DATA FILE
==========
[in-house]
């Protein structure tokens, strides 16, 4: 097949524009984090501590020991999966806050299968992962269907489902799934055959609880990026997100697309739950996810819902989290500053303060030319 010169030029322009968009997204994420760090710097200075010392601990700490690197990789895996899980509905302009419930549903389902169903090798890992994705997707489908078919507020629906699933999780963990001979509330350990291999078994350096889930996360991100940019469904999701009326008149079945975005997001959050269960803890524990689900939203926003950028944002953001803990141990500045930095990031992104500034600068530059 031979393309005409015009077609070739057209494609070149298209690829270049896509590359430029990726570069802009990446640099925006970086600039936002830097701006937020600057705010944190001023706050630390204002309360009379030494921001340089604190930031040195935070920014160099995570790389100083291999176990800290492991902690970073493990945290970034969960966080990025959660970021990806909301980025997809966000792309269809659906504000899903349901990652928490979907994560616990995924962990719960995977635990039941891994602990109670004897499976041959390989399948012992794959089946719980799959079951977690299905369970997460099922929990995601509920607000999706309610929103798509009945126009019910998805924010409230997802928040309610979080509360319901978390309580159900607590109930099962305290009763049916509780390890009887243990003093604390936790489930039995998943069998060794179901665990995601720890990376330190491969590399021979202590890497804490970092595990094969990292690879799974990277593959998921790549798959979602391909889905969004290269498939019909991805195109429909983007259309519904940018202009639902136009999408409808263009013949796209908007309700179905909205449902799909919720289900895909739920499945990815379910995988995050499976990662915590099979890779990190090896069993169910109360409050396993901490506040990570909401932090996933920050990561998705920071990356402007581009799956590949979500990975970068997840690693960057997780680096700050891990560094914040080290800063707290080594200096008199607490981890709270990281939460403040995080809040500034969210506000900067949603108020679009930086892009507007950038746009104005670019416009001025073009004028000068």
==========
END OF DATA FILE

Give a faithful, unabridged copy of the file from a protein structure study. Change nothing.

[in-house]
């Protein structure tokens, strides 16, 4: 097949524009984090501590020991999966806050299968992962269907489902799934055959609880990026997100697309739950996810819902989290500053303060030319 010169030029322009968009997204994420760090710097200075010392601990700490690197990789895996899980509905302009419930549903389902169903090798890992994705997707489908078919507020629906699933999780963990001979509330350990291999078994350096889930996360991100940019469904999701009326008149079945975005997001959050269960803890524990689900939203926003950028944002953001803990141990500045930095990031992104500034600068530059 031979393309005409015009077609070739057209494609070149298209690829270049896509590359430029990726570069802009990446640099925006970086600039936002830097701006937020600057705010944190001023706050630390204002309360009379030494921001340089604190930031040195935070920014160099995570790389100083291999176990800290492991902690970073493990945290970034969960966080990025959660970021990806909301980025997809966000792309269809659906504000899903349901990652928490979907994560616990995924962990719960995977635990039941891994602990109670004897499976041959390989399948012992794959089946719980799959079951977690299905369970997460099922929990995601509920607000999706309610929103798509009945126009019910998805924010409230997802928040309610979080509360319901978390309580159900607590109930099962305290009763049916509780390890009887243990003093604390936790489930039995998943069998060794179901665990995601720890990376330190491969590399021979202590890497804490970092595990094969990292690879799974990277593959998921790549798959979602391909889905969004290269498939019909991805195109429909983007259309519904940018202009639902136009999408409808263009013949796209908007309700179905909205449902799909919720289900895909739920499945990815379910995988995050499976990662915590099979890779990190090896069993169910109360409050396993901490506040990570909401932090996933920050990561998705920071990356402007581009799956590949979500990975970068997840690693960057997780680096700050891990560094914040080290800063707290080594200096008199607490981890709270990281939460403040995080809040500034969210506000900067949603108020679009930086892009507007950038746009104005670019416009001025073009004028000068």